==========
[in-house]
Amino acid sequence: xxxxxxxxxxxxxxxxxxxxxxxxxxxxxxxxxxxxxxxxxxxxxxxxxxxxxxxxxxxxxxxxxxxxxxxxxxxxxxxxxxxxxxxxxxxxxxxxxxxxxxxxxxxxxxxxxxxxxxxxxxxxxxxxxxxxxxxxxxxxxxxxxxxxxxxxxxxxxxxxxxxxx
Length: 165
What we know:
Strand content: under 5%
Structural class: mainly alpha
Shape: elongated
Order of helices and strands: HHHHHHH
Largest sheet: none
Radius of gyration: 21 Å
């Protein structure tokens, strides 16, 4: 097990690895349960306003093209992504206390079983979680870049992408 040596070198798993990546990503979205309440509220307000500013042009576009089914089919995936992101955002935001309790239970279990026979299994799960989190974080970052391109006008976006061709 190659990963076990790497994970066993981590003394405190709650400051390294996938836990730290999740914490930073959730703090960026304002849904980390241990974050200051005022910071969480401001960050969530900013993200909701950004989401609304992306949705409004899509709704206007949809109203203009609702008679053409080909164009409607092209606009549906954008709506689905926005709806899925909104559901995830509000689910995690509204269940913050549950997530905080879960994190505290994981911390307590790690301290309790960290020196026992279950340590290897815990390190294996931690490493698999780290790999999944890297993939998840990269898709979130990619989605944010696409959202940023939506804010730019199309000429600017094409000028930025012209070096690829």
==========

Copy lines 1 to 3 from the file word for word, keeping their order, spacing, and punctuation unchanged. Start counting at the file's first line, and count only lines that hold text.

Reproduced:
[in-house]
Amino acid sequence: xxxxxxxxxxxxxxxxxxxxxxxxxxxxxxxxxxxxxxxxxxxxxxxxxxxxxxxxxxxxxxxxxxxxxxxxxxxxxxxxxxxxxxxxxxxxxxxxxxxxxxxxxxxxxxxxxxxxxxxxxxxxxxxxxxxxxxxxxxxxxxxxxxxxxxxxxxxxxxxxxxxxx
Length: 165